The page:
Taroko Design
Stories

An Interview with Steven from Taroko Design

Taroko Design

I have just finished my A5 Taroko dot notebook when it hit me…I don’t know a lot about the brand or the makers… Quick nosy Google search took me to their Etsy and Facebook page, but that did not satisfy my curiosity. The notebooks are incredibly popular (A5 dot is currently sold out), so I have set myself a mission to explore the brand, notebooks and paper in a 3-part blog 🙂

So we thought we would get Steven to share something of his background and love of stationery. I had a great time chatting and geeking out with him. Enjoy!

Interview with Steven Chang from Taroko Design

Tell me a little about your background.  What was the impulse to start making your own notebooks? We’re a small studio based in Taipei, Taiwan, and our story really started with the purchase of my first fountain pen, a Pilot Kakuno, several years back. With the fountain pen in hand, I was surprised at the difficulty of finding the right paper/notebook products in the market to use the fountain pen with. One thing lead to another (trying lots of different paper+pen combinations) and we’ve managed to secure three types of fountain pen friendly paper to make products with: Tomoegawa 52 and 68 gms, and our own Taroko Orchid paper at 80gsm. The mission is really to provide more choices to fountain pen users where most paper products cater to the rollerball/gel pen usages.

What’s the story behind your studio? After my earlier career in tech (product manager for notebooks and mobile phones), I decided to pursuit an industrial design degree. While taking the degree program, classmate at the time is my current studio partner Wenwen Liu. We decided to group up and start the studio a few months before graduation to keep the learning process going, by taking on projects as a team. Our past projects included graphic and floor plan design for photography exhibitions, souvenirs for tourist centers, and product branding and packaging. The creation of notebooks under the Taroko brand gives us the freedom of implementing our ideas (versus having to adhere to client design guidelines), as well as choosing the type of material that goes into our notebooks.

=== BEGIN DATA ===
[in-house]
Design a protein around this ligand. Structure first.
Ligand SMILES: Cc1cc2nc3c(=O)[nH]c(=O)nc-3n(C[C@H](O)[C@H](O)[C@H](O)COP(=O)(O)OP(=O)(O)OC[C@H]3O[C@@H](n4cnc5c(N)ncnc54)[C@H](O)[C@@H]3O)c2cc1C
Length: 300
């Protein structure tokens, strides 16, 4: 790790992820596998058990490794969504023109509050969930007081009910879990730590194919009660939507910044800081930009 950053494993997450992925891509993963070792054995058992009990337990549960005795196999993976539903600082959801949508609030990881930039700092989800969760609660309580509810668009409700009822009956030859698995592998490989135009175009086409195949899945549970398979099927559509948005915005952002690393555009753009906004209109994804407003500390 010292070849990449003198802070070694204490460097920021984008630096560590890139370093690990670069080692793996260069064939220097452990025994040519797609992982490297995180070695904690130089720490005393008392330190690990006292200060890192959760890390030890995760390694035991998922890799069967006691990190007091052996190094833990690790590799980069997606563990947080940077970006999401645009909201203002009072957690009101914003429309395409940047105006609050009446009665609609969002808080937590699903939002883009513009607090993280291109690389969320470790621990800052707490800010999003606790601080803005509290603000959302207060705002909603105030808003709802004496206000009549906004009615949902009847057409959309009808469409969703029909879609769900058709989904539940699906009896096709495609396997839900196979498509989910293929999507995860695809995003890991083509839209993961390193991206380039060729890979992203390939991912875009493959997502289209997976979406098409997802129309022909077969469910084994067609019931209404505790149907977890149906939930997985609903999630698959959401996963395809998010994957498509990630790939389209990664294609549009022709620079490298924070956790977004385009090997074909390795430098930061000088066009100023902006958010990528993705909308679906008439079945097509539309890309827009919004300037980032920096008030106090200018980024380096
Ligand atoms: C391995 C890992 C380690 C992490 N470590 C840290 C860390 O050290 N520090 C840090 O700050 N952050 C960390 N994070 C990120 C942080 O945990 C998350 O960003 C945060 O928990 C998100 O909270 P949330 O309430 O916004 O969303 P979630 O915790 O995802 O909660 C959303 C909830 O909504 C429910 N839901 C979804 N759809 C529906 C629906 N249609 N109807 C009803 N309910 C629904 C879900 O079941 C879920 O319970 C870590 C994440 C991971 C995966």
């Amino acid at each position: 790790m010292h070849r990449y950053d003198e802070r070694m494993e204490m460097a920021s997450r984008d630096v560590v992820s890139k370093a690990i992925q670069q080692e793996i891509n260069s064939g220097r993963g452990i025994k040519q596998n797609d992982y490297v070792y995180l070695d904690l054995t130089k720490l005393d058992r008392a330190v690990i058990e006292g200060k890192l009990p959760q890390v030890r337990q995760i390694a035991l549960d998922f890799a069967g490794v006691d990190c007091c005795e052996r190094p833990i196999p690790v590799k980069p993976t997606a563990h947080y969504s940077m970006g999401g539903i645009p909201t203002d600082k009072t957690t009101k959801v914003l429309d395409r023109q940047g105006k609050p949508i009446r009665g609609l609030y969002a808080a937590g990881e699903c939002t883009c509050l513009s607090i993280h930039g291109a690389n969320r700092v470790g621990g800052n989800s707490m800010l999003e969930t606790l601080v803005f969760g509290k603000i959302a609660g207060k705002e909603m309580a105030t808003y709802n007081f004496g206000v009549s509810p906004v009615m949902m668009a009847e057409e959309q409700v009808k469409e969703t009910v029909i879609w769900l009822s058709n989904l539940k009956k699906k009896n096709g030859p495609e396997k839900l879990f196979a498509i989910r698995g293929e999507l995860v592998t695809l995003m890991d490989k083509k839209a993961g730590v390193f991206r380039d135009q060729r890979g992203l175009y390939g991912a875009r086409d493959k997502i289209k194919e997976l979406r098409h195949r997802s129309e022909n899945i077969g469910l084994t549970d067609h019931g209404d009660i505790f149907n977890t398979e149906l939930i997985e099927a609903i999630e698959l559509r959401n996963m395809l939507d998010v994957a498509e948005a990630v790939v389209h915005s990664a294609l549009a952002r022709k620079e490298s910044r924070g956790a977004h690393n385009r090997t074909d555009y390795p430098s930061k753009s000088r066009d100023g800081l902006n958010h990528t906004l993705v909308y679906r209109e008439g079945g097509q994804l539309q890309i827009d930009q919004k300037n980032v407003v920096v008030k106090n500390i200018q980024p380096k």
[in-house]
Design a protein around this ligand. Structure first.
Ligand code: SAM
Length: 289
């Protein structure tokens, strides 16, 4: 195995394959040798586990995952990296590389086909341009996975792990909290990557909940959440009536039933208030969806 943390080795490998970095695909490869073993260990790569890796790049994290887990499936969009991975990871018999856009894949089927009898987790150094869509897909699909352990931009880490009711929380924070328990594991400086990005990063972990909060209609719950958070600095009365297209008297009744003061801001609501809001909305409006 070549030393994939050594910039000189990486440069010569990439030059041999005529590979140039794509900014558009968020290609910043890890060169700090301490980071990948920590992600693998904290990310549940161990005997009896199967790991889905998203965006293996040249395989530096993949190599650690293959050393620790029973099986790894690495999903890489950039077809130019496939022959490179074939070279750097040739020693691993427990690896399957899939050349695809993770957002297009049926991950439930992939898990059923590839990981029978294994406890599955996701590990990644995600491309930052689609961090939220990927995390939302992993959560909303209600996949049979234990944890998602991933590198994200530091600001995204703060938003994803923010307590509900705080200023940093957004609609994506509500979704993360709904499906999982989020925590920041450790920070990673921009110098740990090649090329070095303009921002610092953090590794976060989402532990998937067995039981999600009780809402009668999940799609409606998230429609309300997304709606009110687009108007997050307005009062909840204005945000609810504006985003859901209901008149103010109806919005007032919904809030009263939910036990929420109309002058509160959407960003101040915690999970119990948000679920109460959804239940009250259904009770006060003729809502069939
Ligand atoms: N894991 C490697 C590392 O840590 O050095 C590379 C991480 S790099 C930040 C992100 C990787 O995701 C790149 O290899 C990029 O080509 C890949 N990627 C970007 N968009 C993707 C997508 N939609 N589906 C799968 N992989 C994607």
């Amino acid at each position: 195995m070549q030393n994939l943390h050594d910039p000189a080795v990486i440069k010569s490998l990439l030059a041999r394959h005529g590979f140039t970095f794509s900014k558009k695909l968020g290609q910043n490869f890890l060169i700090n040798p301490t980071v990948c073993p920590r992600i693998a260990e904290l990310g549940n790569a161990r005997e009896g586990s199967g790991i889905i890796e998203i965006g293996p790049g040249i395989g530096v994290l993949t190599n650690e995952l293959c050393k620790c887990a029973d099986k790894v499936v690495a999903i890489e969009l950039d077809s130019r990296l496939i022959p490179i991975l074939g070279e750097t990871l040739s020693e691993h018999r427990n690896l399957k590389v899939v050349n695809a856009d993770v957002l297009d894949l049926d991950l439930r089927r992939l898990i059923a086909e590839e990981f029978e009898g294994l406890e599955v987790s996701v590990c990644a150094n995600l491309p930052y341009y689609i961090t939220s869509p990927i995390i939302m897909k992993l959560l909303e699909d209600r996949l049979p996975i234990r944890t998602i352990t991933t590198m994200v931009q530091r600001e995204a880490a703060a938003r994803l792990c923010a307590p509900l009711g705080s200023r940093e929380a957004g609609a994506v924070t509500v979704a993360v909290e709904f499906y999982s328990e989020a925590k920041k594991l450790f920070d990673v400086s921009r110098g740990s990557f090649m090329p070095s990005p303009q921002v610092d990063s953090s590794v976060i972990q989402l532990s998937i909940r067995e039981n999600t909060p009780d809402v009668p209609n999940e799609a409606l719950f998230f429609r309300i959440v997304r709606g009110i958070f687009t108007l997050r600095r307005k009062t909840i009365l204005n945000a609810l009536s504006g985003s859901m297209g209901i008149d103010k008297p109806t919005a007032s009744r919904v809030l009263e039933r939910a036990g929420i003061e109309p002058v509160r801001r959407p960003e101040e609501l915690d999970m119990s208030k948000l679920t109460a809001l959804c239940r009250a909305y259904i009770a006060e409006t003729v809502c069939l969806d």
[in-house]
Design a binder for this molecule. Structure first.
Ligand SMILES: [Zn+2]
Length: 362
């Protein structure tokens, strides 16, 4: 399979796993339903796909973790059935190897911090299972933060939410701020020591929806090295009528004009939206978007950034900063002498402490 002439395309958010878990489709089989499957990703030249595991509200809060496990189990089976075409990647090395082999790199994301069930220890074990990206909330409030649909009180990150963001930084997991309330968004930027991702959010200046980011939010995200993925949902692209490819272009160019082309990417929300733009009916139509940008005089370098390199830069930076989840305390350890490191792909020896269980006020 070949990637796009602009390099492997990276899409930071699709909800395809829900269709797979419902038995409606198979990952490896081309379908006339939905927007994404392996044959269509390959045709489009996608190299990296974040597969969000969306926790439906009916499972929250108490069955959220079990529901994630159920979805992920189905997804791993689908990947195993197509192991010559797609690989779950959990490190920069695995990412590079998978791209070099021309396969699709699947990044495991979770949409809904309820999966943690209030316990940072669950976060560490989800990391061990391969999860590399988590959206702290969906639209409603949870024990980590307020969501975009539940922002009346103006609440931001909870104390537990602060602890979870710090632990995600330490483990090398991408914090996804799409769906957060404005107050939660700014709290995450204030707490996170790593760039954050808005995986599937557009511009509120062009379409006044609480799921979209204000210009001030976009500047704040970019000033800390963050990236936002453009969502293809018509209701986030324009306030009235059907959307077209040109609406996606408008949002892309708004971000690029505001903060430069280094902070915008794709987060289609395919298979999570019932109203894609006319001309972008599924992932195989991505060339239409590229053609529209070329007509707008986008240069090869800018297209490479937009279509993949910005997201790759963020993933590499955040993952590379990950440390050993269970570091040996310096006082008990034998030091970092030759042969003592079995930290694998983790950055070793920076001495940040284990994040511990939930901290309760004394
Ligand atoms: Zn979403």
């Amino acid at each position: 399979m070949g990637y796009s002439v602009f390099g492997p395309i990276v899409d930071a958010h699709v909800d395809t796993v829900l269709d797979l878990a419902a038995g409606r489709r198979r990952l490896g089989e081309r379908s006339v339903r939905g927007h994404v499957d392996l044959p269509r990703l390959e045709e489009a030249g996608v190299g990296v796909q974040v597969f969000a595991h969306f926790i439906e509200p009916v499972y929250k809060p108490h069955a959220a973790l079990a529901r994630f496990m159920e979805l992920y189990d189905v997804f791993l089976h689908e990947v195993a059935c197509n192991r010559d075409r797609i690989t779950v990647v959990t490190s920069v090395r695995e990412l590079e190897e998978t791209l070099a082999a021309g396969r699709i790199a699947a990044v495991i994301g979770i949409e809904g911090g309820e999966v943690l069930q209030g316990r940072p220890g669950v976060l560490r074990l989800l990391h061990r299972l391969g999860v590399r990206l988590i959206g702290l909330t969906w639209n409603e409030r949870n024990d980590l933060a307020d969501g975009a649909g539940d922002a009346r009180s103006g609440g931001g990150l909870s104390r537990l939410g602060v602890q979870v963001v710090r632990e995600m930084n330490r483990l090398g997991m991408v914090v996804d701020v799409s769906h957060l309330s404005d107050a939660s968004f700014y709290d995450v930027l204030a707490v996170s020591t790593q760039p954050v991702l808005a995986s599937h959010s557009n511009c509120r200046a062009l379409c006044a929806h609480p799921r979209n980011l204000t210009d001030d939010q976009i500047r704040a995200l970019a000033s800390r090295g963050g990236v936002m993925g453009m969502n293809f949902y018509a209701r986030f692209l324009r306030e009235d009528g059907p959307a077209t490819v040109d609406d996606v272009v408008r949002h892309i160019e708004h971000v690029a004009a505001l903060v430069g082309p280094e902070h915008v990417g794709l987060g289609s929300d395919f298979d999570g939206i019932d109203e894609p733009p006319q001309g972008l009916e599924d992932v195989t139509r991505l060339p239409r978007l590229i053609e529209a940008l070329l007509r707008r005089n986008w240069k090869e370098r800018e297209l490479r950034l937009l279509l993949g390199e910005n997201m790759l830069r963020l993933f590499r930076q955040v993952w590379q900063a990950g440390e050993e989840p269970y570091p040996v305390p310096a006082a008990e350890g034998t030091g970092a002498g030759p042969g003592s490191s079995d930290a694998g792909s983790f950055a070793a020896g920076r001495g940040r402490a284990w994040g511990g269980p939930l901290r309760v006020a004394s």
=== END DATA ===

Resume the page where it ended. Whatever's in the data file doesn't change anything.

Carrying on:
How did you come up with the brand name? Taroko is named after Taroko Gorge in my hometown of Hualien. Most people would think of Taiwan as an industrialized island packed with 20 million people, but there are still natural wonders on the eastern portion of the island. We will be incorporating elements from Taroko National Park into our notebooks in the future. 🙂 Here are some references on Taroko Gorge/National Park: http://www.earthtrekkers.com/taroko-national-park/ https://en.wikipedia.org/wiki/Taroko_National_Park

What would you be making if not notebooks? Leathercrafts. Love the experience of making things by hand that will age well with usage. An important lesson from design school days is to always make things with your hand, draw with pen and pencils, and suppress the urge to jump right into Photoshop or a 3D rendering program. So we are always cutting and binding paper during our prototyping stage.

What do you attribute the success and/or demand for stationery today to? The product has to deliver a kind of “experience” to the customer, from the weight of the notebook, suprisingly light to unexpected heft. The touch of the materials used, and the subtle feedback of the nib sliding across the paper. It is a difficult balance to hold between achieving that unique experience and manufacturing constraints in delivering products, but I believe that’s what most leading brands are striving to achieve.

What’s your favourite item of stationery in your personal collection? It’s a little folding hand knife I bought in Nishiki market in Tokyo, and I use it to sharpen pencils with. The knife is handcrafted by a Japanese artisan, and when I use it to sharpen pencils, it serves as a reminder of the trip, as well as liberate the aroma from the pencil wood.

And finally – what is your current paper+pen+ink combo? Tomoe River paper 68gsm (of course) with Pilot Justus 95 filled with Sailor Seasons Yama-dori (teal blue). The Pilot Justus 95, with its adjustable nib hardness, is perfect for when I need to write interchangeably between English and Chinese. And the Yama-dori gives a wonderful red sheen on Tomoe River paper.

Thanks to Steven for sparing his time to give this great interview. We wish you and Taroko Design best of luck.

Watch out for Part 2 of Taroko Trilogy – we’ll focus a bit more on their notebooks.

Part 3 will be all about Tomoe River paper. (Hint: it’s amazing!:) )

Taroko Design notebooks are available here.